Every summer the National Association of Realtors names its 30 Under 30 honorees. These real estate pros demonstrate a high degree of “skill, success, creativity, and leadership in their careers.” This year’s cohort is no exception. Find out what drives these five top agents and what their game plans for the future look like here.
Every summer the National Association of Realtors names its 30 Under 30 honorees. These real estate professionals demonstrate a high degree of “skill, success, creativity, and leadership in their careers.”
This year’s cohort is, of course, no exception. They are not only successful professionally, but also diverse, representing a variety of backgrounds and interests, from opera singer Alexander Goering to Instagram influencer Rebecca Donatelli.
When we started looking at commonalities, one thing became clear: For many of this year’s young stars, family is the foundation of their success.
Whether through the opportunities they’ve provided or through a family interest in real estate and entrepreneurship, many of the 2019 30 Under 30 recipients credited their family for their interest in real estate and their professional drive.
A cultural connection (and a big why)
Jennie Lok, Keller Williams Peninsula Estates, Burlingame, California
For California agent Jennie Lok the American dream is not an abstract concept. This 26-year-old is informed by her parents’ journey and their years of hard work, both as motivation and inspiration for the families she helps. “My parents immigrated from China in the 1980s not speaking English, so I learned Cantonese growing up as it was the only form of communication with my parents,” she said.
“That has allowed me to build trust with many parents of first-time homebuyers I’m working with as I’m able to connect with them on a cultural level,” Lok said.
Lok’s big why is her desire to help her parents retire as soon as possible, as they have been working almost every day since emigrating to the U.S., both to support Lok and her brother as well as to provide for family back in China. This is an integral part of how she relates on a deeper level with her current and potential clients.
“I share stories of my why with my clients and seek to understand their goals on a deeper, non-transactional level. On social media, I’m always sharing a story and personal touch to connect with the client’s emotional endeavors of buying and selling.”
Lok’s current game plan for success:
- Be proactively lead generating constantly: Don’t be afraid to pick up the phone and go out there and knock. Do it consistently and build relationships; people will see the hard work you put in and results will show.
- Door-knock consistently in a neighborhood farm and host events for the neighborhood: Events like movie days, community picnics, accessory dwelling unit workshops, local brewery happy hours and homebuying workshops.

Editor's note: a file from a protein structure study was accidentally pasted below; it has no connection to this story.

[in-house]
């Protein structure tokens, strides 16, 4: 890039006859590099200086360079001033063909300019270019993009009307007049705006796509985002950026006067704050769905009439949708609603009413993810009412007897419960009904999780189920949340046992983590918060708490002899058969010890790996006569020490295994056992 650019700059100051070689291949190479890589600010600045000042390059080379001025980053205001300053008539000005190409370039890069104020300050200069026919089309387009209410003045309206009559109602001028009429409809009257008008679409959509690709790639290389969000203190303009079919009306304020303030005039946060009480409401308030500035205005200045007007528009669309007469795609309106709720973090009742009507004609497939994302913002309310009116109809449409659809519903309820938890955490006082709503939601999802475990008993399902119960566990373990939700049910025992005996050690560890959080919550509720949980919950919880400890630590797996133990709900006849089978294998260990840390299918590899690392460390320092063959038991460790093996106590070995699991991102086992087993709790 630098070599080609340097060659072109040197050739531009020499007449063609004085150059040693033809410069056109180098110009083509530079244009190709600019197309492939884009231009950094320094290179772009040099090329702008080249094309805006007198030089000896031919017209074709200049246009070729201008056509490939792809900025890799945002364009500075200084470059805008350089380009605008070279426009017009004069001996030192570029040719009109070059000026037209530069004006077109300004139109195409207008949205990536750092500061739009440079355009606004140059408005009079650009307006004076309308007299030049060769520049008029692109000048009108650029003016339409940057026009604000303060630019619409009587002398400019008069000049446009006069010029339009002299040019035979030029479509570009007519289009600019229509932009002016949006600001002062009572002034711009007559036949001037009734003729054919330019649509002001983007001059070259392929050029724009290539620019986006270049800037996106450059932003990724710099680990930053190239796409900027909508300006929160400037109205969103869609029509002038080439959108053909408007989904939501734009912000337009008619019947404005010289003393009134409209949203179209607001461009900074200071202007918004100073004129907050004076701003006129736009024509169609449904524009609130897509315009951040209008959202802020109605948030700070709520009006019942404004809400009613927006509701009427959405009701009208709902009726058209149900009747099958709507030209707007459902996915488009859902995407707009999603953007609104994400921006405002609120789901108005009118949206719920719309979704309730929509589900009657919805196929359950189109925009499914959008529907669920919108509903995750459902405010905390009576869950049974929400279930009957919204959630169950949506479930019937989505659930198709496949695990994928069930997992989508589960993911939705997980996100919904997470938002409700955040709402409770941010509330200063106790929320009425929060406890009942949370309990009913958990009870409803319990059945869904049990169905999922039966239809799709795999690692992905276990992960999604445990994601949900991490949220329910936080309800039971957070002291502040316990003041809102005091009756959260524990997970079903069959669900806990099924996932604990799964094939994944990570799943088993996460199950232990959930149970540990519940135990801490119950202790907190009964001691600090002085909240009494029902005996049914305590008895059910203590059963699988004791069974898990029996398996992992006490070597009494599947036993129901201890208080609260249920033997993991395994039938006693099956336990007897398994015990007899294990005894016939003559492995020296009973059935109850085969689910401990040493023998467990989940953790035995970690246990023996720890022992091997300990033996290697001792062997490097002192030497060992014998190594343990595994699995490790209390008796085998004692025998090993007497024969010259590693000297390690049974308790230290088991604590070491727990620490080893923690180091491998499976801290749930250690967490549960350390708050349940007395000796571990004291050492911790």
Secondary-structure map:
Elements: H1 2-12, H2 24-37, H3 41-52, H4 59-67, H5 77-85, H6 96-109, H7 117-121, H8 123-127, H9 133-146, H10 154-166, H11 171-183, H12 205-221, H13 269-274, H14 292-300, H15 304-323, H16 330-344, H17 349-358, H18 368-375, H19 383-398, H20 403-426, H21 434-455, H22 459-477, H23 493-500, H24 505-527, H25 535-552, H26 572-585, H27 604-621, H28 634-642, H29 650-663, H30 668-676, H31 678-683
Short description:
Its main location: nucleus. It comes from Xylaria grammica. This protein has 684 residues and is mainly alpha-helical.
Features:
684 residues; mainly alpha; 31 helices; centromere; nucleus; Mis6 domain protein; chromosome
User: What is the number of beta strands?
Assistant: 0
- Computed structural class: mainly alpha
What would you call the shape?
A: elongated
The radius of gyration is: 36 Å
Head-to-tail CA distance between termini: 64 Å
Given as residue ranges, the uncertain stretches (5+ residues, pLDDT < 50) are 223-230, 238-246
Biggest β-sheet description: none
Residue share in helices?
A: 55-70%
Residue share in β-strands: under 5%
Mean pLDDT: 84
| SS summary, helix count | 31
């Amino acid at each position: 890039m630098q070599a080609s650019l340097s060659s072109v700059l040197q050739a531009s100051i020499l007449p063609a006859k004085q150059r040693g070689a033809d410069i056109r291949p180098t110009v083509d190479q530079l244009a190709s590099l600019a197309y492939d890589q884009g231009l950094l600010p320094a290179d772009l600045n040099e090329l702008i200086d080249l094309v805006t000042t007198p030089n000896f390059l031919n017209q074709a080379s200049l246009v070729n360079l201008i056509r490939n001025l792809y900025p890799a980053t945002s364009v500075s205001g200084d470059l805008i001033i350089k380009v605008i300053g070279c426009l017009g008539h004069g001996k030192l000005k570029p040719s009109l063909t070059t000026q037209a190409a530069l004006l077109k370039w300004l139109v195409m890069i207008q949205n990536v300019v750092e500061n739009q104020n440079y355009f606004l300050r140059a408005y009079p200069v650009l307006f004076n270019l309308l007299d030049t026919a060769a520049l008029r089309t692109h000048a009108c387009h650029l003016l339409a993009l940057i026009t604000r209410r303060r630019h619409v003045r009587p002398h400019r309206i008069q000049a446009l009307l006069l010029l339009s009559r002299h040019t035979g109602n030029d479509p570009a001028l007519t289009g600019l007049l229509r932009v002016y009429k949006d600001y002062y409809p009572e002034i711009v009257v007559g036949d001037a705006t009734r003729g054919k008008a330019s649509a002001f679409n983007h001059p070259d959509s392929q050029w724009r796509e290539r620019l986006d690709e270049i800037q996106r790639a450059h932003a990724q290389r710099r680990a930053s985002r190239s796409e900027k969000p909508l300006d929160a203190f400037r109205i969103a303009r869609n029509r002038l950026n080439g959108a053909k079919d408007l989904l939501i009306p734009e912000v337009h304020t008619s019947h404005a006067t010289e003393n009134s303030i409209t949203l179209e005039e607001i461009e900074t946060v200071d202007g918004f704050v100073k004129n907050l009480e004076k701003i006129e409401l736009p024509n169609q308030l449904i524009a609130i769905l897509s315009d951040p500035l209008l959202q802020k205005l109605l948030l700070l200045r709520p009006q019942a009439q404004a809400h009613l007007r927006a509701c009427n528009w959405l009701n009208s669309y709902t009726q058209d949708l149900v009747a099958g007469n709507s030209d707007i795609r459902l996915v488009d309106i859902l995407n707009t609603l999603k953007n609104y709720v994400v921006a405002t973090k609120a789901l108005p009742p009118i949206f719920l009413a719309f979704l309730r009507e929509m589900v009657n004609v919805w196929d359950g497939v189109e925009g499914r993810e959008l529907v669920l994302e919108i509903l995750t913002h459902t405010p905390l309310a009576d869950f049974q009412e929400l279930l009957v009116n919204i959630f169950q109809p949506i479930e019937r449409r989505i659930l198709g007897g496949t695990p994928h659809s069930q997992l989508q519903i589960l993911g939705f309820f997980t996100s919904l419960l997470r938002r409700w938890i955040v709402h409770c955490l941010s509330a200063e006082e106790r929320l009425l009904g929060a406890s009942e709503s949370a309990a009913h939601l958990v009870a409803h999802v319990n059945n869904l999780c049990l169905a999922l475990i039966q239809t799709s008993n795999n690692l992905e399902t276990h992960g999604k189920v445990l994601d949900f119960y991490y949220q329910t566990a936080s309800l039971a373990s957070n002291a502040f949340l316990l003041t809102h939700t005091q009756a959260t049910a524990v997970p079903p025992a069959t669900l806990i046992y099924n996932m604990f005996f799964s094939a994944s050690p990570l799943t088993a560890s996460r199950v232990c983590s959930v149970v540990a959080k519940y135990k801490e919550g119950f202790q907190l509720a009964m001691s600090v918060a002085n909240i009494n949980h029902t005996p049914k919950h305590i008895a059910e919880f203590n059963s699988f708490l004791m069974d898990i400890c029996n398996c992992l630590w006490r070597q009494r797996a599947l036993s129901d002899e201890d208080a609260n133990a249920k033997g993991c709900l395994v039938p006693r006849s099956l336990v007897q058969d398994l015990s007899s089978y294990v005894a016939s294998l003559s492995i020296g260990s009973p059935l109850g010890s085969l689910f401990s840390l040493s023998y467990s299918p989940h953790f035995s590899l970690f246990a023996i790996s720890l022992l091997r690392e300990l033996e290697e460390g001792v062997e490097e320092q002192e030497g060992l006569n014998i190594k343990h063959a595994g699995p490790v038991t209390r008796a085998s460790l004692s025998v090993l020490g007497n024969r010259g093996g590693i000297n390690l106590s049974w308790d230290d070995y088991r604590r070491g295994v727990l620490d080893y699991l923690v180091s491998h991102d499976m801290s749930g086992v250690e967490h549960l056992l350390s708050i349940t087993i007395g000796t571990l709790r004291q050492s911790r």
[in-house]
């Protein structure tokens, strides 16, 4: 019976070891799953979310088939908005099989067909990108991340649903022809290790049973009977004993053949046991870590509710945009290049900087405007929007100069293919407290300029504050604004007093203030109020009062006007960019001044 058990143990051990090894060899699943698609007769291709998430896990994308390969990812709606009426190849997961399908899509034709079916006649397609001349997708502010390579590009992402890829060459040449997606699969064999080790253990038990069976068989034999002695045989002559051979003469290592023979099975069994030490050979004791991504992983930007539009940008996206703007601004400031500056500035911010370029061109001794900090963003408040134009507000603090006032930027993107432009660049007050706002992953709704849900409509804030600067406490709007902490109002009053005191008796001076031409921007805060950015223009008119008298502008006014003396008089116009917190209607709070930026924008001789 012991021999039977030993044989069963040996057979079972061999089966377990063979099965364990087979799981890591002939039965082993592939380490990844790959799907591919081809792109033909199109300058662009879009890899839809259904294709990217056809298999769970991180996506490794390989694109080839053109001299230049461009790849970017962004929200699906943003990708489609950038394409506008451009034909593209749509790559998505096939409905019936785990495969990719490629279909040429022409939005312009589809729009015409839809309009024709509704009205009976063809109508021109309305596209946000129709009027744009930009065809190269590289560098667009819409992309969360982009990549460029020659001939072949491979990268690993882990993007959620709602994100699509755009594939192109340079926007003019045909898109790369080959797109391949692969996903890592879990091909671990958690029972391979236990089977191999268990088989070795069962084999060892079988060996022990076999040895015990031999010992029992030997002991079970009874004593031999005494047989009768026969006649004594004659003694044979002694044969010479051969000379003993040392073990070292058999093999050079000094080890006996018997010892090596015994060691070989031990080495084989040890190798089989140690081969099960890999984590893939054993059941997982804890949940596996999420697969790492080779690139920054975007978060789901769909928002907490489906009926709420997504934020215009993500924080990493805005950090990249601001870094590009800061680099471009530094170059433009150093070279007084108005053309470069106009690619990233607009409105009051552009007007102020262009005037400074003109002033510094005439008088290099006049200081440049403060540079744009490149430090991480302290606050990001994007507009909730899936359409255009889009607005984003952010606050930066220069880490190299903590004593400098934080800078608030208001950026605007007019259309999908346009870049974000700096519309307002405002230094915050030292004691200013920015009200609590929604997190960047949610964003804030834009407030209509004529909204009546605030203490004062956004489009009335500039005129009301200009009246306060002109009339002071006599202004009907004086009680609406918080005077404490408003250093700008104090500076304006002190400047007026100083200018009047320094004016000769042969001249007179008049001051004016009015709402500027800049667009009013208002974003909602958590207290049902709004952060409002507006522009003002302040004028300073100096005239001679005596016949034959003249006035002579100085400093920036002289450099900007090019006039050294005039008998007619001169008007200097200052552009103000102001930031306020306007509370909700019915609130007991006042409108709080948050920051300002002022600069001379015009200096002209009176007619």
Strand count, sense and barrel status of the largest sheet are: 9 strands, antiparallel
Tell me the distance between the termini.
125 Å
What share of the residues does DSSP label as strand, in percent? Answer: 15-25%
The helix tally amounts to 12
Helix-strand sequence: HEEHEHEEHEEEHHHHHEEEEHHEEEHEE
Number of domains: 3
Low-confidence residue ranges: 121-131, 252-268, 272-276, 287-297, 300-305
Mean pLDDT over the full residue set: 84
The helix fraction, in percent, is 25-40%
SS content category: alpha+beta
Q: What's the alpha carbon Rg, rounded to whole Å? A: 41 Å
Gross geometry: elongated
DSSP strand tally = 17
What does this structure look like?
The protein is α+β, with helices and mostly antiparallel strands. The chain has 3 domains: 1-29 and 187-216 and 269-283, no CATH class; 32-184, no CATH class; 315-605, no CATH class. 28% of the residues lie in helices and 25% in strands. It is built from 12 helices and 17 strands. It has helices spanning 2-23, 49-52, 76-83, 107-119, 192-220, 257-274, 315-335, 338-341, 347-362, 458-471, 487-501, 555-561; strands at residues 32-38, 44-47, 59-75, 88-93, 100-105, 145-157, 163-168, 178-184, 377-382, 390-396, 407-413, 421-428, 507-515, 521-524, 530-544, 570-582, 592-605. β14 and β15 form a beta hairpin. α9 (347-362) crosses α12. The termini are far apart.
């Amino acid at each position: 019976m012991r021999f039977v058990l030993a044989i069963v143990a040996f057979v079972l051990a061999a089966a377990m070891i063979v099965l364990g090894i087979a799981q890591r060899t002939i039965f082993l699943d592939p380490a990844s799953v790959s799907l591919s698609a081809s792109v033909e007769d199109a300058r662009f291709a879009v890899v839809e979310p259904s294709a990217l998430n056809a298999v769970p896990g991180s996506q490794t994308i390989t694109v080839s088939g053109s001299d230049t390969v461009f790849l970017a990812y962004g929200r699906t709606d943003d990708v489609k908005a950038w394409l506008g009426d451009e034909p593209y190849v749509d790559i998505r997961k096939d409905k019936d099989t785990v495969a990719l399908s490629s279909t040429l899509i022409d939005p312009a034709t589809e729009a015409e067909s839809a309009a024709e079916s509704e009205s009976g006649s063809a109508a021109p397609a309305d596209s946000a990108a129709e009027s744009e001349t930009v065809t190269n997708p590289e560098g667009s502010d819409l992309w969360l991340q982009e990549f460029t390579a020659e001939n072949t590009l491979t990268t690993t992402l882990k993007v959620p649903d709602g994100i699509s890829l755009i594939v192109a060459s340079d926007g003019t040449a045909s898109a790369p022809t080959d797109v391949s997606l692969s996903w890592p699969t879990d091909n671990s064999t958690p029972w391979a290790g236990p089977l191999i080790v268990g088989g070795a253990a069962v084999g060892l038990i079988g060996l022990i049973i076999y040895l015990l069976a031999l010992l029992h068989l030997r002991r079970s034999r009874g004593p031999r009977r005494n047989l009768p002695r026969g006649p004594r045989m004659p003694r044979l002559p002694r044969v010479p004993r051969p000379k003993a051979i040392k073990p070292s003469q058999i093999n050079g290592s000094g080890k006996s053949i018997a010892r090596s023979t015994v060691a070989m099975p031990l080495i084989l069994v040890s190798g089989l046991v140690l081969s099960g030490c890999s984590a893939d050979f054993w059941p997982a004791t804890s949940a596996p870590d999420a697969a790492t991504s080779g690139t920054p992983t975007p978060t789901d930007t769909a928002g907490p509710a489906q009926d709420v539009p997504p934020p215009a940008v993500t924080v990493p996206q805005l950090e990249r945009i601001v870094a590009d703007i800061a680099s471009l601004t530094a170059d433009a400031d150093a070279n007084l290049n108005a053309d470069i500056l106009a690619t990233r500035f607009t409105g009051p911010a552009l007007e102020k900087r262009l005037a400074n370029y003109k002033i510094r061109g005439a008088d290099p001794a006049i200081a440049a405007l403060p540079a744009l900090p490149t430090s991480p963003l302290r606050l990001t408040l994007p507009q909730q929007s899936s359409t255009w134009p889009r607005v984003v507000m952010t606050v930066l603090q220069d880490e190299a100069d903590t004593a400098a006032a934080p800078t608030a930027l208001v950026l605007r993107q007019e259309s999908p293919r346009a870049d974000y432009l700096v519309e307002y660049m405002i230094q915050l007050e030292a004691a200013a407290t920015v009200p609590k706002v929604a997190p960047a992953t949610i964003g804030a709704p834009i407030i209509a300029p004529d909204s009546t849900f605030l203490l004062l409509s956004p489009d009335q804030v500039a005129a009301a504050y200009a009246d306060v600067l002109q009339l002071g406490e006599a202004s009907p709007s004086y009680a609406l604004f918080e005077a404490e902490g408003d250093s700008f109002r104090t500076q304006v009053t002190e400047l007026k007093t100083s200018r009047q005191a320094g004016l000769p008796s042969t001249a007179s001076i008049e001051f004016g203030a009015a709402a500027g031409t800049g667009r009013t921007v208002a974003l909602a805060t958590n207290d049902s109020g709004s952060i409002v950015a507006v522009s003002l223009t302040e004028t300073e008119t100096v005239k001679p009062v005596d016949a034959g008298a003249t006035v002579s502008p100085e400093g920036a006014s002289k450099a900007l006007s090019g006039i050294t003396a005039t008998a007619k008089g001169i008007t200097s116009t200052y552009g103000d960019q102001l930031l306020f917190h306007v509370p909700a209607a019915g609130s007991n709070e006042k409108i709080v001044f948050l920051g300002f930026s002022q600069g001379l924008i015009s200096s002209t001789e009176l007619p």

- Work with a team or build a team: The traditional solo agent with an assistant model will not suffice in today’s competitive market. We have a team of 13 people with nine agents; it’s important to be constantly out there to build your brand.
- Creat a five-year plan: Then working backward to four years, three years, two years and one year. Then six months down to one month, then weekly to daily. People tend to overestimate what can be done in one year and underestimate what can be done in five or 10 years, so it’s important to plan this out.
Motivation and focus
Davis Holt, RE/MAX United, Cary, North Carolina
For North Carolina’s Davis Holt, the roller coaster of real estate is no match for the roller coaster of a growing family. The 29-year-old and his wife initiated an adoption application, only to find out once they were successfully matched that his wife was pregnant.
Now, with an adoptive baby due on Oct. 21 and his wife due to give birth on New Year’s Eve, his motivation lies in providing for his growing family.
“In everything that I do, it is my goal to make my children proud of me and to provide them and my wife with an abundant life,” Holt said.
“From the adoption perspective, it is such an honor to be selected to raise another person’s child. In my opinion, it is truly the most selfless decision that anyone can make, and it is now my obligation to honor her by providing a wonderful life for her child. I want to make sure that all that I do is accomplishing that.”
Holt’s current game plan for success:
- Effectively market to our database: Using our 66-touch plan and staying in touch with our database on a consistent basis, has allowed us to build a sustainable business on referrals, past clients and our sphere of influence.